Witness the Northern Lights during a Yukon Winter.
“The skies of night were alive with light, with a throbbing, thrilling flame” – Robert Service, The Ballad of the Northern Lights
There is nothing quite like experiencing a Yukon winter. For some, it’s breathing in the white-clad beauty. Others hear the absolute silence. Some demand the physical challenges. Others exalt in the Northern Lights. But everyone wants the unforgettable memories.
From November to April, snow turns Yukon into a winter playground and our low-light winters make for exceptional viewing of the aurora borealis. This phenomenon—known to many people as the Northern Lights —appears like undulating ribbons of green, blue and red light. Scientifically speaking, the Northern Lights are the aftermath of explosions on the sun known as solar flares. These explosions send a wave of high-energy particles into space. This ‘solar wind’ is drawn towards Earth’s magnetic fields, and solar dust particles concentrate like rings around the polar regions. They hit gases in our upper atmosphere and charge the gas molecules, making them glow like neon lights. If the earth did not have a magnetic field, we would not have the aurora. Depending on auroral activity and cloud conditions, you could spend hours watching with rapt attention as the magical show unfolds overhead. Whether you’re fascinated by the science or thrilled by the opportunity to photograph the aurora, the sight of dancing lights in the night sky nourishes all souls. While tour operators can’t guarantee you’ll see the aurora borealis, they will do everything they can to make your visit here memorable. They can direct you to the best viewing spots, share aurora lore and culture, and make sure you stay warm.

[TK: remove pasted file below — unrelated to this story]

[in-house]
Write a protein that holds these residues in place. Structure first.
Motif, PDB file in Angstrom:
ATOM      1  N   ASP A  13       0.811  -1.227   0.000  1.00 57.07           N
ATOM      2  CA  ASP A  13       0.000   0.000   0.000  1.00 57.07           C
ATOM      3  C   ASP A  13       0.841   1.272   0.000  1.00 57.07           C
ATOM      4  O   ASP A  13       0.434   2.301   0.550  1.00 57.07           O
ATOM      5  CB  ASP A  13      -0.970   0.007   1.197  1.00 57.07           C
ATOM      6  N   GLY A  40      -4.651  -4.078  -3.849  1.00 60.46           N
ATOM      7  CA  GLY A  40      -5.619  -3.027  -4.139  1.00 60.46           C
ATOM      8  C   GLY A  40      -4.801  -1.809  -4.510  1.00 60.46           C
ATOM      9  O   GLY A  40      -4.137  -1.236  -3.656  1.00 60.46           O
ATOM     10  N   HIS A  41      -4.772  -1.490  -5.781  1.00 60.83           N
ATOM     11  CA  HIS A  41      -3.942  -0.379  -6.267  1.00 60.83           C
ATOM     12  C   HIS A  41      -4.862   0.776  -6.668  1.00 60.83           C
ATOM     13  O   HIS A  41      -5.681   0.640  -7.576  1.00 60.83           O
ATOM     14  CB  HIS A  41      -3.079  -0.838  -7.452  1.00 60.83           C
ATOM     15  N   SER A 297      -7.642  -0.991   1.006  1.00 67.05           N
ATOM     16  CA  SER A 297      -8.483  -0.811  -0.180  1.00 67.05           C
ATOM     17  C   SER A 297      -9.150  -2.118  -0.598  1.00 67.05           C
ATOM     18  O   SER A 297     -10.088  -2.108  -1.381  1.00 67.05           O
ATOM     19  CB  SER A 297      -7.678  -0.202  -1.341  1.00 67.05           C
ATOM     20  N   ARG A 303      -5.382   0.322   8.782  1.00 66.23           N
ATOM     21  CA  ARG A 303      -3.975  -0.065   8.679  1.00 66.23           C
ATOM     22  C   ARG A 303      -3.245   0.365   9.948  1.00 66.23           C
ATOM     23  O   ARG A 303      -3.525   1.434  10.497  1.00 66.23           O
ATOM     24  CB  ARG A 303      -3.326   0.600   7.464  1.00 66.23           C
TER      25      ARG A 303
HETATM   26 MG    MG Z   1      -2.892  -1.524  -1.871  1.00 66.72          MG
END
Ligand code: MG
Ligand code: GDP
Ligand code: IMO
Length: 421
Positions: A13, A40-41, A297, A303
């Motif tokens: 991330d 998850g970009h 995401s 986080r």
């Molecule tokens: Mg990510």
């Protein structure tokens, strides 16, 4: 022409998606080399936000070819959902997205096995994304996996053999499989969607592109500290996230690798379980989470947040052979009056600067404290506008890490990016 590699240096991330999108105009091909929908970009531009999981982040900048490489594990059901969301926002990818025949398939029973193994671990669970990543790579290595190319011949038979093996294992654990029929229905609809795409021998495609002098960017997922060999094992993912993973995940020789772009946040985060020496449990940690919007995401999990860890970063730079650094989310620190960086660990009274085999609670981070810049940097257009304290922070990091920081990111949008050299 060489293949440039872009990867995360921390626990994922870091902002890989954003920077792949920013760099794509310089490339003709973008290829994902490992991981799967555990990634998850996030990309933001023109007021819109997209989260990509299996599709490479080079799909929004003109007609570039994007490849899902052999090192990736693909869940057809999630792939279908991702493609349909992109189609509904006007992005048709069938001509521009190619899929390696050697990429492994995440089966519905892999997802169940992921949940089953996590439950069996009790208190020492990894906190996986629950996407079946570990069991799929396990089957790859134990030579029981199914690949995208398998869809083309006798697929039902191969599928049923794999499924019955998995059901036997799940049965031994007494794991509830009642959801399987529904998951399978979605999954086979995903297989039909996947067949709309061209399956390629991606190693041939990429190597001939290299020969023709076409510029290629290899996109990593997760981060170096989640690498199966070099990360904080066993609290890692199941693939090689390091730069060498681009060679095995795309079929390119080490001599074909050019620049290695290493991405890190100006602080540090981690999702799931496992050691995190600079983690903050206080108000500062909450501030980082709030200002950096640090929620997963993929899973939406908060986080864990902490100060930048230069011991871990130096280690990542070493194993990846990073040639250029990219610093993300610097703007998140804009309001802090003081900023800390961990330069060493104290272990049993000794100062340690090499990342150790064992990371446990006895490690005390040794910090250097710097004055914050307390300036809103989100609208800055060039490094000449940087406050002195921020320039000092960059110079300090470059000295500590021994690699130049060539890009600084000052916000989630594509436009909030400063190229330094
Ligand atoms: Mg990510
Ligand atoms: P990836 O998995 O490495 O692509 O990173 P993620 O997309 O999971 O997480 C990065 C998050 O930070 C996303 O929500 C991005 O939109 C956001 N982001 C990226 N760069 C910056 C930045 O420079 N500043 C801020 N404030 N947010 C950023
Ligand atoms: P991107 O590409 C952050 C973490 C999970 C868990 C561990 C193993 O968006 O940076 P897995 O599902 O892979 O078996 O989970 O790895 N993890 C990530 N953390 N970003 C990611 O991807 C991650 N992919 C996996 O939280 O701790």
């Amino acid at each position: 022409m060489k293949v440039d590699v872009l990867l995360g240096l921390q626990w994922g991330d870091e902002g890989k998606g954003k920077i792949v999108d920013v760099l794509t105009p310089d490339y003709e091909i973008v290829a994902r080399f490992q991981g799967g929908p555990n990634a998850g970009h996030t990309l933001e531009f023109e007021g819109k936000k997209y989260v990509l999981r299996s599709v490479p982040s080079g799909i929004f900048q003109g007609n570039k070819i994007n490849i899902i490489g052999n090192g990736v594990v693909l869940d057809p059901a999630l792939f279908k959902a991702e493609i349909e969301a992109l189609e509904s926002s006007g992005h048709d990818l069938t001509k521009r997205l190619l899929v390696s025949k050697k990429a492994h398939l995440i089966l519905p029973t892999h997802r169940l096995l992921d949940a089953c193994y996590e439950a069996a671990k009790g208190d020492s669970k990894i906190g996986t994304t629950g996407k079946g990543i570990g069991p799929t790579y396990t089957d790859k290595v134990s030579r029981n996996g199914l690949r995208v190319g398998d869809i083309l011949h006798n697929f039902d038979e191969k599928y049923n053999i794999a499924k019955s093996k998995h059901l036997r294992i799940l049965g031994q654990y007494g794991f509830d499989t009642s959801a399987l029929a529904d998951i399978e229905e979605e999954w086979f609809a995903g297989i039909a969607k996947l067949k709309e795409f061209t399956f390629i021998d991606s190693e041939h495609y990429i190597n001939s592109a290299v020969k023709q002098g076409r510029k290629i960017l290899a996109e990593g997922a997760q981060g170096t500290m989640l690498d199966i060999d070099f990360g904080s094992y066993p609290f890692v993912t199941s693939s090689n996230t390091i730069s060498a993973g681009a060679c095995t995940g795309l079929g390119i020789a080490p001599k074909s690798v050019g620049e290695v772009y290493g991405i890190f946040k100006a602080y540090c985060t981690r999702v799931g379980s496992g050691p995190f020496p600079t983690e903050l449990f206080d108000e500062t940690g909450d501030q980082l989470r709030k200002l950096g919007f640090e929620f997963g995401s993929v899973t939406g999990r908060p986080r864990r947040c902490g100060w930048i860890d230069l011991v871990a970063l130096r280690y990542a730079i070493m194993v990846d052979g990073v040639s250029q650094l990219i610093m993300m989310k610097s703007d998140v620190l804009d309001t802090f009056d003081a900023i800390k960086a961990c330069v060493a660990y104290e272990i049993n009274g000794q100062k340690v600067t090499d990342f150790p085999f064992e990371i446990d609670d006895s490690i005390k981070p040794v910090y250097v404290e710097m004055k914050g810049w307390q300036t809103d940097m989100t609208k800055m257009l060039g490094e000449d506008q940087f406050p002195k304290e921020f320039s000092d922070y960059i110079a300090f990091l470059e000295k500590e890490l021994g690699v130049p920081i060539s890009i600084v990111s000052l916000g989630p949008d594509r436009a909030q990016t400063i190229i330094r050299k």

Aurora forecasting technology also helps increase the odds and Tourism Yukon have developed a tool to help predict when you can see this amazing phenomenon. With scientific data collected from the Space Weather Predicition Center, we’re able to forecast the aurora every 15 minutes.
Late nights are part of the aurora experience, so enjoy a slow start in a café, wander through Whitehorse galleries, visit the Kwanlin Dün Cultural Centre, and keep an eye out for a special piece of Yukon art to take home. Or if you fancy a little more action then why not try one of the following experiences:
- Dog Sledding – half-day and full-day trips are available from the edge of Whitehorse for novices, and experienced riders, but so are weeklong wilderness adventures where you take to the trail with your own team.
- Snowmobiling – again, you can take to the wilderness from the edge of town or you can leave everyone behind and head into the back country to ride the valleys, the mountain sides, the forest trails and the frozen lakes and rivers.
- Ice Fishing – offered as an option with other winter activities/northern lights viewing packages
- Snow Shoeing – offered as an option with other winter activities/northern lights viewing packages
About The Yukon
Situated in the upper Northwest corner of Canada, next to Alaska, the Yukon is Canada’s most accessible northern destination. Home to Canada’s highest mountain (Mount Logan) and one of the largest non-polar icefields located in Kluane National Park – a UNESCO World Heritage site – breathtaking doesn’t describe the vastness, or the beauty!
The Yukon is one of North America’s major wilderness attractions; close to 80 percent remains pristine wilderness with 5,000-metre peaks, forested valleys, unspoiled waters and untamed wildlife. Roughly the size of France at 483,000 square kilometers, The Yukon is home to more than 160,000 caribou, 70,000 moose, 22,000 mountain sheep, 6,000 grizzly bears and 220 species of birds… and only 34,000 humans!